Image: Shifty-eyed lawyer Rich Muller of Sugar Land, April 24, 2018.
Conroe, May 2 – The “professionals” who appeared before the Montgomery County Commissioners Court on April 24, 2018, to try to sell the $95 million, 3 mile, TX 249 Tollway, also known as the Decimation of Hope Highway, weren’t particularly professional that day. Charles Terrell Palmer, the financial advisor slated to make a fortune off the sale of the bonds for the unpopular tollroad project, lied to the Commissioners Court about the amount of the bonds. Please see “Palmer, Post Oak Municipal Advisors Breach Fiduciary Duty, Lie About Amount Of Tollroad Debt In Open Commissioners Court,” The Golden Hammer, May 1, 2018.
Palmer and Sugar Land tollroad lawyer Rich Muller, whom County Judge Craig Doyal and Precinct 2 County Commissioner Charlie Riley have relied upon to sell the concept of the tollroad to the citizens of Montgomery County and who has clearly failed in that quest, made up all sorts of answers on the fly during the April 24 Commissioners Court meeting.
Perhaps, the worst lie came from Muller when Precinct 3 County Commissioner James Noack asked a pretty simple question to the lawyer about whether the County government to call a referendum to permit the voters to approve or disapprove the proposed tollroad project. Of course, the voters in Montgomery County already voted more than 91% in favor of requiring that the County government hold a voter referendum before the government proceeds with a tollroad project or the funding therefor.
Noack asked Muller, “Can we just say we want to have an election? Forget about having to go through the petition process. If this court voted today that we’re going to put it on the ballot in November, can we do it?”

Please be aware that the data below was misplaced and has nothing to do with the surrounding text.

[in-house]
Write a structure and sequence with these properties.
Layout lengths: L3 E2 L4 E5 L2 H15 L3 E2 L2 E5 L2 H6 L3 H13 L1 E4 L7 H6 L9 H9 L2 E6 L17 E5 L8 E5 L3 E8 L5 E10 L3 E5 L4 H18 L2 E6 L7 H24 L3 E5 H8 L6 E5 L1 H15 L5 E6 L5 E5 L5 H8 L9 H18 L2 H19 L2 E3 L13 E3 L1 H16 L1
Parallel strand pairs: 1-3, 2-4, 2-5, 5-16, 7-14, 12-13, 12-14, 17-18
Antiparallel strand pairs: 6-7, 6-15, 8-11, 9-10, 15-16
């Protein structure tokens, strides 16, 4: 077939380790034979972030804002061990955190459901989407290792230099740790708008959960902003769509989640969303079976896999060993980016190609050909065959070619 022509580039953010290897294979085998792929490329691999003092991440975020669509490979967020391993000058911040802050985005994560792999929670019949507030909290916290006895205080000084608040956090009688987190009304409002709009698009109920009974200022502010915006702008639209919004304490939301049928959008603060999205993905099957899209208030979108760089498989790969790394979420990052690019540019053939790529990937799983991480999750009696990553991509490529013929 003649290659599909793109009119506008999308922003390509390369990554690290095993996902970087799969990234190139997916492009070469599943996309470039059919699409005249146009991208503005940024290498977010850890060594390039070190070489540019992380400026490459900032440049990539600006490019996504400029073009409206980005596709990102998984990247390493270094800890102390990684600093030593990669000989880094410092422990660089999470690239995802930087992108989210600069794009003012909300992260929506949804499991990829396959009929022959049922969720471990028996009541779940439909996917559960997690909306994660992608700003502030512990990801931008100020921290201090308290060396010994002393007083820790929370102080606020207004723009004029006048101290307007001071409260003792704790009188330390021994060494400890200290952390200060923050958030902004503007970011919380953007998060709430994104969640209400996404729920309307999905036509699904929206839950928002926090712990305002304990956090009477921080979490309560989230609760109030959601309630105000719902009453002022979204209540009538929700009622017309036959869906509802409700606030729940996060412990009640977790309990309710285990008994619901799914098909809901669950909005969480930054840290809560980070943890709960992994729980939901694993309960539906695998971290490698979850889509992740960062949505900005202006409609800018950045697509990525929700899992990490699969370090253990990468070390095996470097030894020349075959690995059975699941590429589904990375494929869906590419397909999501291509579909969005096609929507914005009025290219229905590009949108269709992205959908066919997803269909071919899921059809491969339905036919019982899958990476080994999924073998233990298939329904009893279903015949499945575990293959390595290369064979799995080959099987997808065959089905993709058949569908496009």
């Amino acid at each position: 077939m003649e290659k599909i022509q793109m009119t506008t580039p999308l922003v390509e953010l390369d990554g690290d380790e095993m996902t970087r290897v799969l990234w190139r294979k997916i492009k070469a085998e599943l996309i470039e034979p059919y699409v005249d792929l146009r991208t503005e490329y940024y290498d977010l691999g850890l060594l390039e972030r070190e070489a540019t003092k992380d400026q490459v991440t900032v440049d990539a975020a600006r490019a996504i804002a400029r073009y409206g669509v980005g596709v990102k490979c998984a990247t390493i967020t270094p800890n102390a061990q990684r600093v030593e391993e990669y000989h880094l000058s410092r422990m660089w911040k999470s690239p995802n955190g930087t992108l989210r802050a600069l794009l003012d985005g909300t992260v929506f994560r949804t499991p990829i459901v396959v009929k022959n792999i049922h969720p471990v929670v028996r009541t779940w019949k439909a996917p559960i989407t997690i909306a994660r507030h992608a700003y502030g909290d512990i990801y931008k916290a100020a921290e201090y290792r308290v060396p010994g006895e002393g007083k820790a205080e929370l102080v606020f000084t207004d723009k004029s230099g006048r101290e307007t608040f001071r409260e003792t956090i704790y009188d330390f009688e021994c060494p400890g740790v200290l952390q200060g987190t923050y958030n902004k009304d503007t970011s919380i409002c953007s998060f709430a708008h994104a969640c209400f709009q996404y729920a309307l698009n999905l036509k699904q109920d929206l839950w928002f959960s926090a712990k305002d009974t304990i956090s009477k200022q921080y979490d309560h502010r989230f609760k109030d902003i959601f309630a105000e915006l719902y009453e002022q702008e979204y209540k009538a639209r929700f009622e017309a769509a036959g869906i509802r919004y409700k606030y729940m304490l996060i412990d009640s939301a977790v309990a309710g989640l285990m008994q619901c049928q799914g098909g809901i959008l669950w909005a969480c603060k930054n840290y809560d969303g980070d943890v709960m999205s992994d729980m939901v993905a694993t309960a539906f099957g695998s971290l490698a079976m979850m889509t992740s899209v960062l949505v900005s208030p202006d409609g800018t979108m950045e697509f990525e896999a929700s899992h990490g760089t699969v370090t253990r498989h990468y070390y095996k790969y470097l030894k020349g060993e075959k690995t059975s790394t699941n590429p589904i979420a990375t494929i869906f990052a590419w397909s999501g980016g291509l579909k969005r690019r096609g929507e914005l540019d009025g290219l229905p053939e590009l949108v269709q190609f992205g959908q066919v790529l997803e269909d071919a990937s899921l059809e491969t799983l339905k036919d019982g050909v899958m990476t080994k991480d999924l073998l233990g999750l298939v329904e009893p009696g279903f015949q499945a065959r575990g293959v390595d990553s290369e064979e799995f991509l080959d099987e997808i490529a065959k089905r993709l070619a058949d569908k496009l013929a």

At that point, Muller began to stammer. Instead of admitting that the answer to Noack’s question is clearly in the affirmative, Muller chose the easier course. He lied.
Muller answered, “I don’t think you can have an election when it’s not required. Okay? What this section says in total is if the residents want to petition for an election, this is the mechanism for them to do so. I don’t there is a mechanism for you to have just a revenue bond election. And even if you were to do that, you’d be so far behind on the calendar…”
Oops, Mr. Muller. Lawyers aren’t supposed to lie to their clients and have a fiduciary duty (a duty of the highest care) not to do so.
Doyal, Riley, Muller, and Palmer intend to issue the unpopular bonds under Chapter 284 of the Texas Transportation Code. Chapter 284 includes Section 284.037(c), which provides:
“The authority to issue the revenue bonds is subject to the right of referendum provided by Section 252.045, Local Government Code.”
Section 252.045(b) of the Texas Local Government Code provides:
“If a petition [calling for a voter referendum] is not filed, the governing body may finally award the contract and issue the time warrants. In the absence of a petition, the governing body may, at its discretion, order the referendum.” (Emphasis added.)
There it is. Right there in the statute under which Doyal and Riley intend to stick these bonds to the citizens of Montgomery County so that they can funnel $95 million into the hands of their favored engineering firms and contractors. Right there, even though Riley has said repeatedly that the lawyers have told him that a referendum is not permissible. Right there, even though Doyal has said you can’t have a voter referendum for these types of bonds.
Right there, even though Muller, who is supposedly an expert in these types of matters, lied and told Noack and the Commissioners Court that the governing body may not order the referendum.
Muller lied to his client.
These guys will say and do anything to shove this tollroad down the throats of the citizens of Montgomery County.